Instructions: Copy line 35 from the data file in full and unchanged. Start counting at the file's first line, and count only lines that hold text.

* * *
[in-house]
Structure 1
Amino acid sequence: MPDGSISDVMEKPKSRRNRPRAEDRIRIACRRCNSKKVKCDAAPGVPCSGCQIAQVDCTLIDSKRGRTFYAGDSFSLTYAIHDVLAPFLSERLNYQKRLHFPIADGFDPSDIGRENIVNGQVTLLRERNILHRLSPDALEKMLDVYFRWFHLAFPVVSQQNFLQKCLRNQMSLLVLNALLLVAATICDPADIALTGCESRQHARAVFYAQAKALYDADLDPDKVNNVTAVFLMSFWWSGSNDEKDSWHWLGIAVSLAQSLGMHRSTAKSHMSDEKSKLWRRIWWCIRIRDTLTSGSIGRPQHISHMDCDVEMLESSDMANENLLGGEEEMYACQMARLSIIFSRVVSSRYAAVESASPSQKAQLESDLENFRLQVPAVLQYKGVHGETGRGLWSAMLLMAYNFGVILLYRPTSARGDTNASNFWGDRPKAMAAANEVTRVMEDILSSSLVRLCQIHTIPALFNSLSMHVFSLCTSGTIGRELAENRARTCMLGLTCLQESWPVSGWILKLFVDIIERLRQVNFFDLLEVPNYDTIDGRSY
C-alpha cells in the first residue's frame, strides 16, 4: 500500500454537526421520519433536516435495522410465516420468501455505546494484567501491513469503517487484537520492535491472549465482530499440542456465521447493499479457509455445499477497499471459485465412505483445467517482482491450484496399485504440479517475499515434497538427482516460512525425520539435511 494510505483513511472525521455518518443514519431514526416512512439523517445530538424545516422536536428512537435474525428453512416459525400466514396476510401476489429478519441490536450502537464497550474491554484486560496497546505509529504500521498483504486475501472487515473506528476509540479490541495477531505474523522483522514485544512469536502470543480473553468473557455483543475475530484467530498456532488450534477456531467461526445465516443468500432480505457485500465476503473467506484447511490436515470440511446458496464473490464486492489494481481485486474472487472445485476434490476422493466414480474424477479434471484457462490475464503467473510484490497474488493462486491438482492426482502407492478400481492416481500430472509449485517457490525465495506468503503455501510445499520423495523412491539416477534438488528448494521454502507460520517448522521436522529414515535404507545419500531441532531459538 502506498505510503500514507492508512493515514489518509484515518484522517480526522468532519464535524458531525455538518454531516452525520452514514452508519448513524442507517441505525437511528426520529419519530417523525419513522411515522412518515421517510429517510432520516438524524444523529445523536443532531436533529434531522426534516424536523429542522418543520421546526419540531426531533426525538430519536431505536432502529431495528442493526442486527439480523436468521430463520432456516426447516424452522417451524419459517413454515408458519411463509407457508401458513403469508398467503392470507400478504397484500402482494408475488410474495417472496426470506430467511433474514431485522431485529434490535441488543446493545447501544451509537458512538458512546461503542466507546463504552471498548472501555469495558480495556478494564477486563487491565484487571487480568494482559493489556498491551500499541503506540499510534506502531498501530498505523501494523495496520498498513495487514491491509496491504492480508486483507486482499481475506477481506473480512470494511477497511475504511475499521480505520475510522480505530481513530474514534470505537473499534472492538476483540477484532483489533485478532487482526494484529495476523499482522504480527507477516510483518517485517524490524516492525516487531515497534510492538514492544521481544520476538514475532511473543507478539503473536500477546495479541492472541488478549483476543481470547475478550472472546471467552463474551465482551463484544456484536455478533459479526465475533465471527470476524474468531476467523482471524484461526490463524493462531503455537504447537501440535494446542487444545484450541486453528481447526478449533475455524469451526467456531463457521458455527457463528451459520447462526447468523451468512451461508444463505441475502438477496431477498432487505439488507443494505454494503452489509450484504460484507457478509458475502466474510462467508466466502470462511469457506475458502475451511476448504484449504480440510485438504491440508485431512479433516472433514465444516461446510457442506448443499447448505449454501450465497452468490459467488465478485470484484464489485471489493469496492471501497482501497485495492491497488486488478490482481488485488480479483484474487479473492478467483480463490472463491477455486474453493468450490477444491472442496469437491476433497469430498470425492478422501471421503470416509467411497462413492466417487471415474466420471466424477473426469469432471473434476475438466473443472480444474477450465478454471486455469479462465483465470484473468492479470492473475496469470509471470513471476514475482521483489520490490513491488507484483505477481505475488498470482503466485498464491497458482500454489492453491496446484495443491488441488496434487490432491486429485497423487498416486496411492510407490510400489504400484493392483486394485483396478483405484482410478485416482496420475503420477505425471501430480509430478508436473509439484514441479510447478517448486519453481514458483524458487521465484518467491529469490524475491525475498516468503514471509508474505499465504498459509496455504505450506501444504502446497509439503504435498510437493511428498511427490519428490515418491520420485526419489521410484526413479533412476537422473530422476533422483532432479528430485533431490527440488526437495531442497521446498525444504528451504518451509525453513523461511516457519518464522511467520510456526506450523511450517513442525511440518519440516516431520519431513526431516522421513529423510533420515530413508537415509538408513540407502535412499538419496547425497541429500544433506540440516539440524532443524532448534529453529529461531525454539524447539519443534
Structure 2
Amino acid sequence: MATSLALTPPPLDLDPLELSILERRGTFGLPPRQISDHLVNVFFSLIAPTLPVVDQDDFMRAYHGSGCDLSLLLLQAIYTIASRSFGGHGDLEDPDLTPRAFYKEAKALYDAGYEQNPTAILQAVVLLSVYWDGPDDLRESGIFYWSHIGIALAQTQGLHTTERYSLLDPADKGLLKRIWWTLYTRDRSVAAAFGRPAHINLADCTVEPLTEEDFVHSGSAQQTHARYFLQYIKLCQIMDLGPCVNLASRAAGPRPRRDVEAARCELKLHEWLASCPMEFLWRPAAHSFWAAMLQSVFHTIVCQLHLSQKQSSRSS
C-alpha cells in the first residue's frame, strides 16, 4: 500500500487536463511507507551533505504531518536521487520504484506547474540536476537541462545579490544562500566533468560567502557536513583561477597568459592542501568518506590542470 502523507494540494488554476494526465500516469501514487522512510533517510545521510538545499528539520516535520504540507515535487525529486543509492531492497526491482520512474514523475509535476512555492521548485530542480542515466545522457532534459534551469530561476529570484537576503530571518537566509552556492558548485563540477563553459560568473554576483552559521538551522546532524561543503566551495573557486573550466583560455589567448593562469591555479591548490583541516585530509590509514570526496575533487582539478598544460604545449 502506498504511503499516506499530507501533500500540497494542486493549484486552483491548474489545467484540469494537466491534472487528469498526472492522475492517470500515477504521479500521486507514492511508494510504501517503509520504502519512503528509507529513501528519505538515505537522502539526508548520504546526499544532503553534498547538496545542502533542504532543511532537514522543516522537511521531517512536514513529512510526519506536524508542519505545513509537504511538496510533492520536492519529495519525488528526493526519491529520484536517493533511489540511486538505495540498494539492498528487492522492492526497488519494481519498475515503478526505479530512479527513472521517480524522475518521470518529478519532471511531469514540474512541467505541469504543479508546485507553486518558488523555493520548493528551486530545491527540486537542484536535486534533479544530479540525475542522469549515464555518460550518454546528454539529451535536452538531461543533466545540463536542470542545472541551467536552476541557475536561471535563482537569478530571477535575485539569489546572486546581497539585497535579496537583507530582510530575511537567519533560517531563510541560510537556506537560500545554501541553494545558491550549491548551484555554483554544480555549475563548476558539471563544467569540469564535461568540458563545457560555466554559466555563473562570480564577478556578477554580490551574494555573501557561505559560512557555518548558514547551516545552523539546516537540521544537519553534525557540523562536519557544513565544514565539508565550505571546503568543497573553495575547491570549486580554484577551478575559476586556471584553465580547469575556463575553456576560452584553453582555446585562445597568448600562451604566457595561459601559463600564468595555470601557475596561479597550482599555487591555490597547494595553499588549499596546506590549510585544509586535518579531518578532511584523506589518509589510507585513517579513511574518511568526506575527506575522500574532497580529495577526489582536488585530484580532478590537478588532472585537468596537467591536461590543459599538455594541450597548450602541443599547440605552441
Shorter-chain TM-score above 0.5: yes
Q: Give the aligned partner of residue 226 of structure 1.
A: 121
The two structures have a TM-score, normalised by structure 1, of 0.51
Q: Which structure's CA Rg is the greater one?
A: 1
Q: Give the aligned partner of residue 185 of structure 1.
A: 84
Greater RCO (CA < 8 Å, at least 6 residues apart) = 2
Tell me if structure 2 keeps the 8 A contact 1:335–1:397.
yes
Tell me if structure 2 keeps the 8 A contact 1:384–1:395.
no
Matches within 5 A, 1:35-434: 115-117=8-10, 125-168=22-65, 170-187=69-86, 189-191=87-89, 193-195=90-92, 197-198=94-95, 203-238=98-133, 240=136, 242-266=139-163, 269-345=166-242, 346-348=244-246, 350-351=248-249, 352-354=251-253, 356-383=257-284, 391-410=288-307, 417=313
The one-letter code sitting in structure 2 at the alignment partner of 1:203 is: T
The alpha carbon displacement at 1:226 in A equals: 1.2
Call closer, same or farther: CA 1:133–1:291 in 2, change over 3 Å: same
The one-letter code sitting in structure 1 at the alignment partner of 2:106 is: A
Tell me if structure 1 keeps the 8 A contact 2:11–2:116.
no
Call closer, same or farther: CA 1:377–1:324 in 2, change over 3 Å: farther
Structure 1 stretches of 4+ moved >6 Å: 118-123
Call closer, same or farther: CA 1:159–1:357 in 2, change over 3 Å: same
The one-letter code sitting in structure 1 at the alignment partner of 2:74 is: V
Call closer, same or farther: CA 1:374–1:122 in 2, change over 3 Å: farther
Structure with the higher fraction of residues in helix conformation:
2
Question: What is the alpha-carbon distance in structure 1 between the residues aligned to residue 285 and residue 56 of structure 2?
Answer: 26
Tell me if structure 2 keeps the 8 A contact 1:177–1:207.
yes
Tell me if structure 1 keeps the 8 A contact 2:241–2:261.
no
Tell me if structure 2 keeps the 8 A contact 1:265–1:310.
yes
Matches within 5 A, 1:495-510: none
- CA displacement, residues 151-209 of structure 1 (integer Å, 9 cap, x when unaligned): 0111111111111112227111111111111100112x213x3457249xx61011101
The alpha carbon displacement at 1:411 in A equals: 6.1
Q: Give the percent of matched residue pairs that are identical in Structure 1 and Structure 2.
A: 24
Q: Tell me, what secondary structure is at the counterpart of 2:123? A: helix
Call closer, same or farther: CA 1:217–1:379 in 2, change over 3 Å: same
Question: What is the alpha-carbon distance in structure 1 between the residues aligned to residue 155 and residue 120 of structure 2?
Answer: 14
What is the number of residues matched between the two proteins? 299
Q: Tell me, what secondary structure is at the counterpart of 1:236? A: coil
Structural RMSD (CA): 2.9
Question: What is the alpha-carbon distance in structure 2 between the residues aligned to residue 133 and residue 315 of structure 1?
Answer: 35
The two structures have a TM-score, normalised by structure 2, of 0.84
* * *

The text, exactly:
Question: What is the alpha-carbon distance in structure 1 between the residues aligned to residue 285 and residue 56 of structure 2?